View Full Version : affording immigration

05-01-05, 16:46
My Grandfather, age 27 & his new bride boarded a vessel,(SS City of Chicago) in 1892 to immigrate to the US where they settled, raised their family & died. I am having trouble understanding how they could have paid for such a voyage and bought the house where they would live the rest of their days. The census report of 1900 shows the address of the house they bought I was under the impression that travel abroad was rare & only for the very rich. I don't think my relatives were wealthy. Was there some kind of funding for this?

June Pelo
05-01-05, 20:51
I was under the impression that boat tickets weren't very expensive in the 1890s. My father, his mother and sister came to the US in 1909 and the price of their ticket was 292 FIM. I don't know what that equals in USD at the time.. but I do know they didn't have a lot of money - just what my grandmother saved up by doing various jobs around Karleby. And I think the cost of train fair to their destination was included - or am I mistaken? Many Finlanders emigrated to the "golden land" in those days and most of them probably were country people without much money. In some instances, relatives in America sent money to Finland for the ticket fare.


Jaska Sarell
05-01-05, 21:37
According to a simple conversion table I found here (http://personal.inet.fi/koti/jiipee/rahanarvo.html), 292 FIM in 1909 would equal 5707 FIM in 2001, i.e. somewhat below 1000 euro.
The conversion rate is based on the cost of living index.

:) Jaska

06-01-05, 04:05
My mother crossed in 1910 from Hango to New York with three daughters, ages 7, 3, and 9 months aboard the Arcturus from Hango to Hull, by train from Hull to Liverpool and aboard the Lusitania to New York, a six day voyage. Fortunately, the next "stop" was in New Jersey, not far from Ellis Island. The entire fare was $18.00 Hango to New York for the four of them.
My son , just the other day, parked quite close to the New York
waterfront where the cruise ships dock. Parking fee was $40.00 for the day. Mother had the better deal.

06-01-05, 05:37

Just a word of public thanks again to Krister Bjorklund of the
Intitute of Migration, Abo, Finland for the very complete and
informative return e-mail giving me all the details of that voyage
my mother took with her brood at age 27, as a worker's wife
from Munsala, rejoining her carpenter husband, Gustaf, who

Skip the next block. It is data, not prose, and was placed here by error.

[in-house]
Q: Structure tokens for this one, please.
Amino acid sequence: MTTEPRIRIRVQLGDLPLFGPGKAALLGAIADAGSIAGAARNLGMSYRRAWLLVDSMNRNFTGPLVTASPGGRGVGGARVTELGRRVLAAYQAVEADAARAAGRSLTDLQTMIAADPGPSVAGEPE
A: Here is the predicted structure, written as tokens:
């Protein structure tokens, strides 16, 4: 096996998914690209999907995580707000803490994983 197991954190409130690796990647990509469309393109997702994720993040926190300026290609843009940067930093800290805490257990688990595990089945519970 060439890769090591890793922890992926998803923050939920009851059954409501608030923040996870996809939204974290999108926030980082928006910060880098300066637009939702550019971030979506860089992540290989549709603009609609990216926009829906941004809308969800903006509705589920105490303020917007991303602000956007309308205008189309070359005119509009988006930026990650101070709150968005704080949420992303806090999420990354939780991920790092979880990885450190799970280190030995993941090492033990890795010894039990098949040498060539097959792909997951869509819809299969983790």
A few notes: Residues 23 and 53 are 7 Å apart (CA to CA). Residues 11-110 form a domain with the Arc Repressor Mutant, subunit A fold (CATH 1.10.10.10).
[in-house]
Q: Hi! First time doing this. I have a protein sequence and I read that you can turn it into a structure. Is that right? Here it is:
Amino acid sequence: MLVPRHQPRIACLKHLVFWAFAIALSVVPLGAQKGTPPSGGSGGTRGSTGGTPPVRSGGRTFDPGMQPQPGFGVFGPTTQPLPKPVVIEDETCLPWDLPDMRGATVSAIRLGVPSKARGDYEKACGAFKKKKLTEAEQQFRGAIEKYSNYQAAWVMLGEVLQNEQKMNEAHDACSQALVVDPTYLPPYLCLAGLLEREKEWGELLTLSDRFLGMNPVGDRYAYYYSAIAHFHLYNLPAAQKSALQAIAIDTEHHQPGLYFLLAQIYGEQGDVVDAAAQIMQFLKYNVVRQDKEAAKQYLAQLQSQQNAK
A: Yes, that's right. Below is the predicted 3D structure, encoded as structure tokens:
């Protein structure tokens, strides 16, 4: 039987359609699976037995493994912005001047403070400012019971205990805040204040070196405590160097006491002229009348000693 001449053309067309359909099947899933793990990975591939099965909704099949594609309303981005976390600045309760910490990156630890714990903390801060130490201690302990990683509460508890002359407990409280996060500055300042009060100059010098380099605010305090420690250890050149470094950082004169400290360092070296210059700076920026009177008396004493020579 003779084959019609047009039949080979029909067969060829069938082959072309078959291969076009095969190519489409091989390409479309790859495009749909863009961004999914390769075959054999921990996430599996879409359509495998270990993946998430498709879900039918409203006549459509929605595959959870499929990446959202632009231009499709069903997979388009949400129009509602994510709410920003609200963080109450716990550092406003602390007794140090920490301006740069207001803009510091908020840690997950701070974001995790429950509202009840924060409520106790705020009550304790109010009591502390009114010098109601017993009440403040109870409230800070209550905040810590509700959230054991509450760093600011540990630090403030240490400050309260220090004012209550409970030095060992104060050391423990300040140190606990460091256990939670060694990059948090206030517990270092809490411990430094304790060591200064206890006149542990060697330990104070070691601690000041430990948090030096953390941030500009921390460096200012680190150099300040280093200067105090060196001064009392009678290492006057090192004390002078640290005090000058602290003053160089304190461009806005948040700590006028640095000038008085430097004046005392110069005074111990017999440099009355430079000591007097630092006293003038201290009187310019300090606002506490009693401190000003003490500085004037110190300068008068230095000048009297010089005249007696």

had crossed in 1909, little realizig his fellow passengers on that
particular voyage were the Pelo family, as June Pelo and I had
recently discovered through Ellis Island records.

Kaj Granlund
07-01-05, 20:32
The emigrants weren't usually from wealthy families. They borrowed from others (neighbours, siblings) or their tickets were pre-paid by relatives/friends in the USA. And as they got money they paid the money back. Usually people that got a better income knew the siutaition at home in Sweden or Finland wasn't good and wanted to help them to a better life. And boys could pay for the tickets of "his" girl ;)

07-01-05, 23:53
I am very interested in knowing "how" things were in Finnland, as you say. What was the situation? Thanks, Don

Shirley King
08-01-05, 01:56
I wrote a paper or two for my college history classes and much of the information I found useful came from the Swedish Finn Historical Society. Visit their website and read many interesting articles about the history of Finland and why so many had immigrated. Also June Pelo's website is facinating and full of interesting information.
The Finns have a very interesting story!
Shirley King:cool:

08-01-05, 02:26
Hi Shirley,

The well is deep and full of challenges when considering the
legacy called Finland.

One nugget of this legacy is found in the recent and still very
popular "The Lord of The Rings" from the creative genius of
J.R.R. Tolkien who was totally captivated by the Finnish National
Epic known as The Kalevala , the work of an obscure, virtually
unknown Finn.

Millions have seen the film, little realizing the origin of the
subject-matter, from that fascinating land belted by the Arctic

Shirley, start with the Internet and J.R. R. Tolkien but make sure
you have a full pot of coffee.


Shirley King
08-01-05, 03:29
Wow, that's cool! I had heard there was a link bewteen The Lord of the Rings and Finland, but I never really dived into researching it. This may be the perfect weekend to do so, as we here in NE Nevada are supposed to get a massive snowstorm (yipee!) and I may not be able to get out of my driveway!!!!
Thanks for the info!